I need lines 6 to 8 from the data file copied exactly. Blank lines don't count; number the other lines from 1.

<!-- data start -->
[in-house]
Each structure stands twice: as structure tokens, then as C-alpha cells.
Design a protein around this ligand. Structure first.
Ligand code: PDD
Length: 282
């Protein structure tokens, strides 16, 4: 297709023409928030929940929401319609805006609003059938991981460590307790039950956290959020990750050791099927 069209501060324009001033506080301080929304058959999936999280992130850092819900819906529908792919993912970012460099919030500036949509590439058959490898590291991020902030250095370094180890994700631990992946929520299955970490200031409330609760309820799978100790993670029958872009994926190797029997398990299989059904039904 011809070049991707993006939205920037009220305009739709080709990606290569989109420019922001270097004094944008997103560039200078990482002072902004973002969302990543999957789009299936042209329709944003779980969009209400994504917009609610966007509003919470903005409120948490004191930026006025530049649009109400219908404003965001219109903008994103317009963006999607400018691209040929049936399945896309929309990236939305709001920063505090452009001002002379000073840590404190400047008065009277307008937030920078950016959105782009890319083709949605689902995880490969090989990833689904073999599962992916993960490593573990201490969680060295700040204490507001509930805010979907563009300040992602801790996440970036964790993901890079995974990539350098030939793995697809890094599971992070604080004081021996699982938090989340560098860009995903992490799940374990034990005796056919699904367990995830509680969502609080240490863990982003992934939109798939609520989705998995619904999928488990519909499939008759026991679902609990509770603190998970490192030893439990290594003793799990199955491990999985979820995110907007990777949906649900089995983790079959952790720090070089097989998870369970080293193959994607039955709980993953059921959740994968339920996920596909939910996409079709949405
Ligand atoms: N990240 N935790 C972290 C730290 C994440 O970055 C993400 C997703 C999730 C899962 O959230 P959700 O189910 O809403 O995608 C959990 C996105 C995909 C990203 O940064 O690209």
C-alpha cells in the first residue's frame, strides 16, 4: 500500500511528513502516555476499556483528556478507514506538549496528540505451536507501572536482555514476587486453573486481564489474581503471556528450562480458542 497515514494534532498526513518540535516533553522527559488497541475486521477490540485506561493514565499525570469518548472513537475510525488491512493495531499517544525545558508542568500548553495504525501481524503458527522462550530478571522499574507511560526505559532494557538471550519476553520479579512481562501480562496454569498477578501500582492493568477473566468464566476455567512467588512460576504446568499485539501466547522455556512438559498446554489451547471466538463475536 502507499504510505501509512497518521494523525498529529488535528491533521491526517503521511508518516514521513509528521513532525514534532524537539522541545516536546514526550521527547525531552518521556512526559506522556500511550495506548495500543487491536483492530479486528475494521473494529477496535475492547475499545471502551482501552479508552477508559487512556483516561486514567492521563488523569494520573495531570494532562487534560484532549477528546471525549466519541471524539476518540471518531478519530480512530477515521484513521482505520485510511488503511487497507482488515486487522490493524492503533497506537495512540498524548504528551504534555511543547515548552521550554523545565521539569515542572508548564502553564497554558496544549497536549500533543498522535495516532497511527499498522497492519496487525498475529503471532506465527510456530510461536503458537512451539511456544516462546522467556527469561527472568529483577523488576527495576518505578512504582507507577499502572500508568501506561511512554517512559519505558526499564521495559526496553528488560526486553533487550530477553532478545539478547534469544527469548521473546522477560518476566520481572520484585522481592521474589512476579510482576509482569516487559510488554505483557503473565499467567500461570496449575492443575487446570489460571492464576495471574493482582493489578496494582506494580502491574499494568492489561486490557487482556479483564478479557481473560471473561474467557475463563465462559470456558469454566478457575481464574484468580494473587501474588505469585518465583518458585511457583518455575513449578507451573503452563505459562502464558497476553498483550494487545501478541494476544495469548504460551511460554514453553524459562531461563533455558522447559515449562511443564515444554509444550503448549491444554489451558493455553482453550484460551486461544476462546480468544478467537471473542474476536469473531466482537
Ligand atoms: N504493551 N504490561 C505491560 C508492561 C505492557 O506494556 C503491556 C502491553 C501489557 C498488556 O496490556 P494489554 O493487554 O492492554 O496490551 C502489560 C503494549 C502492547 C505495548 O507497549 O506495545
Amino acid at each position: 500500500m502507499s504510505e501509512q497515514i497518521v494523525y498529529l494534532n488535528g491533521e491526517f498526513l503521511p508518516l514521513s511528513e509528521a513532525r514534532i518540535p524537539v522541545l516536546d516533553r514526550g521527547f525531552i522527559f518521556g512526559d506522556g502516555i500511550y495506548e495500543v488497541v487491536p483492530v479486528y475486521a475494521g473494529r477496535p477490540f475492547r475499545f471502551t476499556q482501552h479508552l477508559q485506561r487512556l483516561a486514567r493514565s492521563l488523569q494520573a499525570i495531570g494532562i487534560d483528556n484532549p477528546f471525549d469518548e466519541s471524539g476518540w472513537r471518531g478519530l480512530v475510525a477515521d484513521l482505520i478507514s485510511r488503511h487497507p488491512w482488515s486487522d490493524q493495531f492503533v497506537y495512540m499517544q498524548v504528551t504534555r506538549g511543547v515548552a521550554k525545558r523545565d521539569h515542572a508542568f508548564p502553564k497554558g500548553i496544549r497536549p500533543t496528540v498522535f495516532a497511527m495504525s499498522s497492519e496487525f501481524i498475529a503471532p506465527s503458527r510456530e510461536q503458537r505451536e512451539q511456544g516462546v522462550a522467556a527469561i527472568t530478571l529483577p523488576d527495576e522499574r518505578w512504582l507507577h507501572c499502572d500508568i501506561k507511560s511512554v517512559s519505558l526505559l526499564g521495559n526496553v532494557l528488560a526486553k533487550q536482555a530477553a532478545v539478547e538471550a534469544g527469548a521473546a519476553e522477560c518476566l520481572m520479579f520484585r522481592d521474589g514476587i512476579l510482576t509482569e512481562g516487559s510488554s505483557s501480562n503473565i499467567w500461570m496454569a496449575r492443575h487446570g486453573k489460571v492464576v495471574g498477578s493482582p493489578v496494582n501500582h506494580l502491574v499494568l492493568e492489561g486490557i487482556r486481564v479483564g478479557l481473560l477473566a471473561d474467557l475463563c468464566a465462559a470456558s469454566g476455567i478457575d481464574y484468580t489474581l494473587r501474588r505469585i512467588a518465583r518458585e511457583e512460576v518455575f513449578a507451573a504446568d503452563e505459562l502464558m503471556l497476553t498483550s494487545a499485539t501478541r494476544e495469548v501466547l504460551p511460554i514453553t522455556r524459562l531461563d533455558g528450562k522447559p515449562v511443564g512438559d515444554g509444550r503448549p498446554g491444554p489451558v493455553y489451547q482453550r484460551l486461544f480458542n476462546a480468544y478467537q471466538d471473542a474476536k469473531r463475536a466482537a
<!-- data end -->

């Protein structure tokens, strides 16, 4: 297709023409928030929940929401319609805006609003059938991981460590307790039950956290959020990750050791099927 069209501060324009001033506080301080929304058959999936999280992130850092819900819906529908792919993912970012460099919030500036949509590439058959490898590291991020902030250095370094180890994700631990992946929520299955970490200031409330609760309820799978100790993670029958872009994926190797029997398990299989059904039904 011809070049991707993006939205920037009220305009739709080709990606290569989109420019922001270097004094944008997103560039200078990482002072902004973002969302990543999957789009299936042209329709944003779980969009209400994504917009609610966007509003919470903005409120948490004191930026006025530049649009109400219908404003965001219109903008994103317009963006999607400018691209040929049936399945896309929309990236939305709001920063505090452009001002002379000073840590404190400047008065009277307008937030920078950016959105782009890319083709949605689902995880490969090989990833689904073999599962992916993960490593573990201490969680060295700040204490507001509930805010979907563009300040992602801790996440970036964790993901890079995974990539350098030939793995697809890094599971992070604080004081021996699982938090989340560098860009995903992490799940374990034990005796056919699904367990995830509680969502609080240490863990982003992934939109798939609520989705998995619904999928488990519909499939008759026991679902609990509770603190998970490192030893439990290594003793799990199955491990999985979820995110907007990777949906649900089995983790079959952790720090070089097989998870369970080293193959994607039955709980993953059921959740994968339920996920596909939910996409079709949405
Ligand atoms: N990240 N935790 C972290 C730290 C994440 O970055 C993400 C997703 C999730 C899962 O959230 P959700 O189910 O809403 O995608 C959990 C996105 C995909 C990203 O940064 O690209």
C-alpha cells in the first residue's frame, strides 16, 4: 500500500511528513502516555476499556483528556478507514506538549496528540505451536507501572536482555514476587486453573486481564489474581503471556528450562480458542 497515514494534532498526513518540535516533553522527559488497541475486521477490540485506561493514565499525570469518548472513537475510525488491512493495531499517544525545558508542568500548553495504525501481524503458527522462550530478571522499574507511560526505559532494557538471550519476553520479579512481562501480562496454569498477578501500582492493568477473566468464566476455567512467588512460576504446568499485539501466547522455556512438559498446554489451547471466538463475536 502507499504510505501509512497518521494523525498529529488535528491533521491526517503521511508518516514521513509528521513532525514534532524537539522541545516536546514526550521527547525531552518521556512526559506522556500511550495506548495500543487491536483492530479486528475494521473494529477496535475492547475499545471502551482501552479508552477508559487512556483516561486514567492521563488523569494520573495531570494532562487534560484532549477528546471525549466519541471524539476518540471518531478519530480512530477515521484513521482505520485510511488503511487497507482488515486487522490493524492503533497506537495512540498524548504528551504534555511543547515548552521550554523545565521539569515542572508548564502553564497554558496544549497536549500533543498522535495516532497511527499498522497492519496487525498475529503471532506465527510456530510461536503458537512451539511456544516462546522467556527469561527472568529483577523488576527495576518505578512504582507507577499502572500508568501506561511512554517512559519505558526499564521495559526496553528488560526486553533487550530477553532478545539478547534469544527469548521473546522477560518476566520481572520484585522481592521474589512476579510482576509482569516487559510488554505483557503473565499467567500461570496449575492443575487446570489460571492464576495471574493482582493489578496494582506494580502491574499494568492489561486490557487482556479483564478479557481473560471473561474467557475463563465462559470456558469454566478457575481464574484468580494473587501474588505469585518465583518458585511457583518455575513449578507451573503452563505459562502464558497476553498483550494487545501478541494476544495469548504460551511460554514453553524459562531461563533455558522447559515449562511443564515444554509444550503448549491444554489451558493455553482453550484460551486461544476462546480468544478467537471473542474476536469473531466482537